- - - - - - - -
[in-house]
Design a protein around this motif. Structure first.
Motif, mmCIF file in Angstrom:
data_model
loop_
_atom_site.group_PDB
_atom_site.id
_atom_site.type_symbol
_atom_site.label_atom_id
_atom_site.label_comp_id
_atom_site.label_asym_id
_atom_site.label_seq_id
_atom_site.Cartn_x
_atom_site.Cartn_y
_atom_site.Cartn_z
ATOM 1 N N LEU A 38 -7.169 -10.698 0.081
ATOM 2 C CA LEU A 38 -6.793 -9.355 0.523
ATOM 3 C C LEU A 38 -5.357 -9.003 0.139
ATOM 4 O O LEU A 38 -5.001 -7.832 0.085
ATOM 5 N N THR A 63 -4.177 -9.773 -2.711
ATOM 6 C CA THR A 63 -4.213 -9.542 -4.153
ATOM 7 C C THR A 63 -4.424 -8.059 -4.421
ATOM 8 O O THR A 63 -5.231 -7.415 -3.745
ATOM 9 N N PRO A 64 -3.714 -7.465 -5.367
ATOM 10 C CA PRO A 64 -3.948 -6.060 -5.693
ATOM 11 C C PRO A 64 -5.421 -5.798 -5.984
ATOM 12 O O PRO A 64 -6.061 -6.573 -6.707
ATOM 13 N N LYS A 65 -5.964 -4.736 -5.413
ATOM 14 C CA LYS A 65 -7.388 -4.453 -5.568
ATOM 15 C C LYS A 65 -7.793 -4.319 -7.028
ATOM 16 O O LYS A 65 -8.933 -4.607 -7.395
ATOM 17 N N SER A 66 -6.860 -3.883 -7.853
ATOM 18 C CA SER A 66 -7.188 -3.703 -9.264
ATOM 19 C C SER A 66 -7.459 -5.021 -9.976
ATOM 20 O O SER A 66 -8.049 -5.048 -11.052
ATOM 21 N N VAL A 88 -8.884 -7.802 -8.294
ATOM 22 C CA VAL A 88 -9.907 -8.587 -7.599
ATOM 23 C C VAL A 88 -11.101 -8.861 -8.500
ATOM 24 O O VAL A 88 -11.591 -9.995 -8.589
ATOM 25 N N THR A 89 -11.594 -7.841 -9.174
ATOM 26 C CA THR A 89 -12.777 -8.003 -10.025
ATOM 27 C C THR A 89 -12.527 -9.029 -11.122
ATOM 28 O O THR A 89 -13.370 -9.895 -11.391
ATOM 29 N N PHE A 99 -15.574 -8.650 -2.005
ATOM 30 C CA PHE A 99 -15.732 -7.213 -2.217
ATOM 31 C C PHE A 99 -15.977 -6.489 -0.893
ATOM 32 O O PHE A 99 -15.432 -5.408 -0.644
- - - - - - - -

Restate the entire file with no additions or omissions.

[in-house]
Design a protein around this motif. Structure first.
Motif, mmCIF file in Angstrom:
data_model
loop_
_atom_site.group_PDB
_atom_site.id
_atom_site.type_symbol
_atom_site.label_atom_id
_atom_site.label_comp_id
_atom_site.label_asym_id
_atom_site.label_seq_id
_atom_site.Cartn_x
_atom_site.Cartn_y
_atom_site.Cartn_z
ATOM 1 N N LEU A 38 -7.169 -10.698 0.081
ATOM 2 C CA LEU A 38 -6.793 -9.355 0.523
ATOM 3 C C LEU A 38 -5.357 -9.003 0.139
ATOM 4 O O LEU A 38 -5.001 -7.832 0.085
ATOM 5 N N THR A 63 -4.177 -9.773 -2.711
ATOM 6 C CA THR A 63 -4.213 -9.542 -4.153
ATOM 7 C C THR A 63 -4.424 -8.059 -4.421
ATOM 8 O O THR A 63 -5.231 -7.415 -3.745
ATOM 9 N N PRO A 64 -3.714 -7.465 -5.367
ATOM 10 C CA PRO A 64 -3.948 -6.060 -5.693
ATOM 11 C C PRO A 64 -5.421 -5.798 -5.984
ATOM 12 O O PRO A 64 -6.061 -6.573 -6.707
ATOM 13 N N LYS A 65 -5.964 -4.736 -5.413
ATOM 14 C CA LYS A 65 -7.388 -4.453 -5.568
ATOM 15 C C LYS A 65 -7.793 -4.319 -7.028
ATOM 16 O O LYS A 65 -8.933 -4.607 -7.395
ATOM 17 N N SER A 66 -6.860 -3.883 -7.853
ATOM 18 C CA SER A 66 -7.188 -3.703 -9.264
ATOM 19 C C SER A 66 -7.459 -5.021 -9.976
ATOM 20 O O SER A 66 -8.049 -5.048 -11.052
ATOM 21 N N VAL A 88 -8.884 -7.802 -8.294
ATOM 22 C CA VAL A 88 -9.907 -8.587 -7.599
ATOM 23 C C VAL A 88 -11.101 -8.861 -8.500
ATOM 24 O O VAL A 88 -11.591 -9.995 -8.589
ATOM 25 N N THR A 89 -11.594 -7.841 -9.174
ATOM 26 C CA THR A 89 -12.777 -8.003 -10.025
ATOM 27 C C THR A 89 -12.527 -9.029 -11.122
ATOM 28 O O THR A 89 -13.370 -9.895 -11.391
ATOM 29 N N PHE A 99 -15.574 -8.650 -2.005
ATOM 30 C CA PHE A 99 -15.732 -7.213 -2.217
ATOM 31 C C PHE A 99 -15.977 -6.489 -0.893
ATOM 32 O O PHE A 99 -15.432 -5.408 -0.644